Hard Drive Properties
To access: Windows Explorer>Right click on each Hard Drive icon then select Properties
I highly recommend reformatting your drive and choosing the NTFS file system for maximum speed and security. However, you can still convert an existing FAT32 file system to an NTFS one even after installing WinXP by going to Start>Run and typing "Convert C: /FS:NTFS" (without quotes). This will take some time to complete and won't be as fast as if you'd formatted with NTFS, but still faster than FAT32 for most larger hard drives and certainly much more secure. Make sure you backup your data before doing this just in case.
Untick "Compress drive to save disk space" to speed up reading from the drive. Untick "Allow Indexing Service to index this disk for fast file searching" and then select "Apply changes to [Drive letter]\, subfolders and files" in the subsequent prompt to improve performance and free up disk space. Ignore any "errors" which are shown, this is simply because some files cannot have their properties changed to remove indexing.
Click the Disk Cleanup button, and under the "Disk Cleanup" tab tick everything except "Temporary Internet Files" (to speed up internet browsing) for cleaning. This will optimise your disk space by cleaning out and compressing old files. Use this utility often to clean your hard drive. Under the More Options tab you'll find two options which will help you remove installed programs/WinXP utilities which you may not need. If you use System Restore, the third option allows you to clean out older restore points which you no longer use, freeing up a great deal of disk space.
Error Checking is the WinXP version of the old Scandisk. If you don't select either of the options here and click Start it will scan your drive for errors. However, if you select one or both of the options here (primarily to fix errors) WinXP will require a reboot so it can run the checks and automatically fix any errors as your system starts up after the reboot. It should be run every time you have a bad crash or suspect bad sectors or file corruption. Select the first option for a quick scan on a regular basis, and the second one less frequently.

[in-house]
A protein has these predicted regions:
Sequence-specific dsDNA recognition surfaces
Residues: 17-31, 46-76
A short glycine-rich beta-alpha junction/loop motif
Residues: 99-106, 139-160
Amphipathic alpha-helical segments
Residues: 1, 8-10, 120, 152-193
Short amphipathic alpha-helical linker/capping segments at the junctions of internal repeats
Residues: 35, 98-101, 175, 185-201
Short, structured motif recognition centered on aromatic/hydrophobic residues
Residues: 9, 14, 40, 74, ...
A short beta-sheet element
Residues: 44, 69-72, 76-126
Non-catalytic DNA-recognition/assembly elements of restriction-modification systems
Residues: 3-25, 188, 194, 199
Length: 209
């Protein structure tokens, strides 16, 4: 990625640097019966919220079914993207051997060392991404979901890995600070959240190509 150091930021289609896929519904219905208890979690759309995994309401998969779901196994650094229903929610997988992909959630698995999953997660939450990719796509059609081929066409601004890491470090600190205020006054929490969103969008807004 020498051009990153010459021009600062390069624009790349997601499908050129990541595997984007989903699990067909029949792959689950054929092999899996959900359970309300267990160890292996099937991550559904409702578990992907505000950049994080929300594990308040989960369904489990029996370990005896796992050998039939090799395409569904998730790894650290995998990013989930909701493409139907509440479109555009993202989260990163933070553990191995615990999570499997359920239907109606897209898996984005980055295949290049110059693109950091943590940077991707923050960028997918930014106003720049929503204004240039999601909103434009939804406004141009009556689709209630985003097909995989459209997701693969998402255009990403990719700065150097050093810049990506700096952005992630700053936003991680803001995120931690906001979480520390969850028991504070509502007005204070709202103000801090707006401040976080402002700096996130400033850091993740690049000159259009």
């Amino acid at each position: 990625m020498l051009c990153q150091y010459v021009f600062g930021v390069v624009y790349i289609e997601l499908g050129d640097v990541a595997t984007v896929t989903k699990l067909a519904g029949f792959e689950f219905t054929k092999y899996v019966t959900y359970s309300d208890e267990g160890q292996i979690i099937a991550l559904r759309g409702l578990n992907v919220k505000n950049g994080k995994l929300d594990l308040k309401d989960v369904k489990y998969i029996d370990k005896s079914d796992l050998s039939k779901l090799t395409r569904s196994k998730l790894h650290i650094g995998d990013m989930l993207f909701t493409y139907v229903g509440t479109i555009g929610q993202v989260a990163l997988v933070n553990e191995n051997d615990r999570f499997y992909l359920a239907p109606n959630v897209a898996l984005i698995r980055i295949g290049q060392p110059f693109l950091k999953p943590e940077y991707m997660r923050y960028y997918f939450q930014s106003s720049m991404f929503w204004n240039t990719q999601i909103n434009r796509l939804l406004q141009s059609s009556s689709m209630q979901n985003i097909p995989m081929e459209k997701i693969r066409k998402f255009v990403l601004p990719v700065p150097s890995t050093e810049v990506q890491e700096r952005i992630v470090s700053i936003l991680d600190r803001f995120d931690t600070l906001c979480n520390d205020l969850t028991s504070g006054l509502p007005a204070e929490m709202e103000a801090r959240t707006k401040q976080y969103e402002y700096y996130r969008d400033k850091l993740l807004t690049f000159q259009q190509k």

Defragmentation is the WinXP version of the old Defrag. Over time parts of individual files will become fragmented and spread out over your hard drive. The defragmenter puts all these fragments back together and makes sure they're all packed as close to the start of the drive as possible to speed up reading the drive. Run Defrag after any large file changes such as installations or deletions. At the very least make sure to run defrag after installing XP and applying all the tweaks in this guide. It will take a while the first time but once done regularly (at least once a week) will become quite quick.
Note that your pagefile cannot be defragmented. If the Pagefile/Virtual memory (marked as "unmovable files" in green) is not in one large green block, follow the instructions in the System section below to set the Virtual memory to "No Paging File">Set, then run Defrag again, then reset the paging file back to the optimal size.
Backup is a utility which literally backs up your entire drive contents. Rather than that, I recommend regularly saving only the files you need to CD/DVD or another hard drive.
Hard drive optimisation is covered in the System section. Change CD/DVD/CDRW settings to taste.
Do not enable sharing for performance and security reasons.
Do not enable quota management for performance and stability reasons.
To access: Right-click on Recycle Bin>Properties
Untick the "Display delete confirmation dialog" to get rid of the annoying "Are You Sure?" prompt each time you delete a file.
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